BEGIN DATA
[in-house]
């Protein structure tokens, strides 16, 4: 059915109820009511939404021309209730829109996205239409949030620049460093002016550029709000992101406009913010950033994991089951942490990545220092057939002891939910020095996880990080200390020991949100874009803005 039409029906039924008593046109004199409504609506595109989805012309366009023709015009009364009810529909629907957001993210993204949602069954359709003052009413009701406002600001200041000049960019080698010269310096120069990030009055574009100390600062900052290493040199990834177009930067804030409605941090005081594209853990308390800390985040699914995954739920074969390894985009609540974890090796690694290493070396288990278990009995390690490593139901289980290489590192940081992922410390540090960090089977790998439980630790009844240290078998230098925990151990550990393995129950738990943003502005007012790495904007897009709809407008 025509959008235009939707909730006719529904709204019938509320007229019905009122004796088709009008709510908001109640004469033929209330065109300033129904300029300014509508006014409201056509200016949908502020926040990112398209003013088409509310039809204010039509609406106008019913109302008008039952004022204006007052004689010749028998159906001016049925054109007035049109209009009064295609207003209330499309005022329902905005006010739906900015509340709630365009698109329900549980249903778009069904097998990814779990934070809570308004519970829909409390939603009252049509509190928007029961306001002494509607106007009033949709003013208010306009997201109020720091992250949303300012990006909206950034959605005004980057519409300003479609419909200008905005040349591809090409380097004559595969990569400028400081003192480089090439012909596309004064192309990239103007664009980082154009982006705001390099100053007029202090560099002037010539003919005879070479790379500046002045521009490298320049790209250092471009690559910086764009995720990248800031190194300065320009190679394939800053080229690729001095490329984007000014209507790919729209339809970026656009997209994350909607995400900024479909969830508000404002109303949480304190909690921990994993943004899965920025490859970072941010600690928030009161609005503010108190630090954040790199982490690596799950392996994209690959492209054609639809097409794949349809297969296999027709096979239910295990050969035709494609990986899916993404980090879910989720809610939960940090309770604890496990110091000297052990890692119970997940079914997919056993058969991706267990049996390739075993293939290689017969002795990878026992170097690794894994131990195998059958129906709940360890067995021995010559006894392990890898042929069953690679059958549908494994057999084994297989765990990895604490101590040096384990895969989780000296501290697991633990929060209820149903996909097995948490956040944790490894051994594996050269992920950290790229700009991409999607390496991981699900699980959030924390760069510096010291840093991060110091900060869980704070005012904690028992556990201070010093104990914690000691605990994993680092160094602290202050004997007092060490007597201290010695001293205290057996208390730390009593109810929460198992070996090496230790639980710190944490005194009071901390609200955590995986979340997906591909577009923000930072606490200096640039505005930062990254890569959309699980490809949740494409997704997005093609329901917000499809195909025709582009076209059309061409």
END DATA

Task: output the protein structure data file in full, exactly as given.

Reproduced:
[in-house]
């Protein structure tokens, strides 16, 4: 059915109820009511939404021309209730829109996205239409949030620049460093002016550029709000992101406009913010950033994991089951942490990545220092057939002891939910020095996880990080200390020991949100874009803005 039409029906039924008593046109004199409504609506595109989805012309366009023709015009009364009810529909629907957001993210993204949602069954359709003052009413009701406002600001200041000049960019080698010269310096120069990030009055574009100390600062900052290493040199990834177009930067804030409605941090005081594209853990308390800390985040699914995954739920074969390894985009609540974890090796690694290493070396288990278990009995390690490593139901289980290489590192940081992922410390540090960090089977790998439980630790009844240290078998230098925990151990550990393995129950738990943003502005007012790495904007897009709809407008 025509959008235009939707909730006719529904709204019938509320007229019905009122004796088709009008709510908001109640004469033929209330065109300033129904300029300014509508006014409201056509200016949908502020926040990112398209003013088409509310039809204010039509609406106008019913109302008008039952004022204006007052004689010749028998159906001016049925054109007035049109209009009064295609207003209330499309005022329902905005006010739906900015509340709630365009698109329900549980249903778009069904097998990814779990934070809570308004519970829909409390939603009252049509509190928007029961306001002494509607106007009033949709003013208010306009997201109020720091992250949303300012990006909206950034959605005004980057519409300003479609419909200008905005040349591809090409380097004559595969990569400028400081003192480089090439012909596309004064192309990239103007664009980082154009982006705001390099100053007029202090560099002037010539003919005879070479790379500046002045521009490298320049790209250092471009690559910086764009995720990248800031190194300065320009190679394939800053080229690729001095490329984007000014209507790919729209339809970026656009997209994350909607995400900024479909969830508000404002109303949480304190909690921990994993943004899965920025490859970072941010600690928030009161609005503010108190630090954040790199982490690596799950392996994209690959492209054609639809097409794949349809297969296999027709096979239910295990050969035709494609990986899916993404980090879910989720809610939960940090309770604890496990110091000297052990890692119970997940079914997919056993058969991706267990049996390739075993293939290689017969002795990878026992170097690794894994131990195998059958129906709940360890067995021995010559006894392990890898042929069953690679059958549908494994057999084994297989765990990895604490101590040096384990895969989780000296501290697991633990929060209820149903996909097995948490956040944790490894051994594996050269992920950290790229700009991409999607390496991981699900699980959030924390760069510096010291840093991060110091900060869980704070005012904690028992556990201070010093104990914690000691605990994993680092160094602290202050004997007092060490007597201290010695001293205290057996208390730390009593109810929460198992070996090496230790639980710190944490005194009071901390609200955590995986979340997906591909577009923000930072606490200096640039505005930062990254890569959309699980490809949740494409997704997005093609329901917000499809195909025709582009076209059309061409």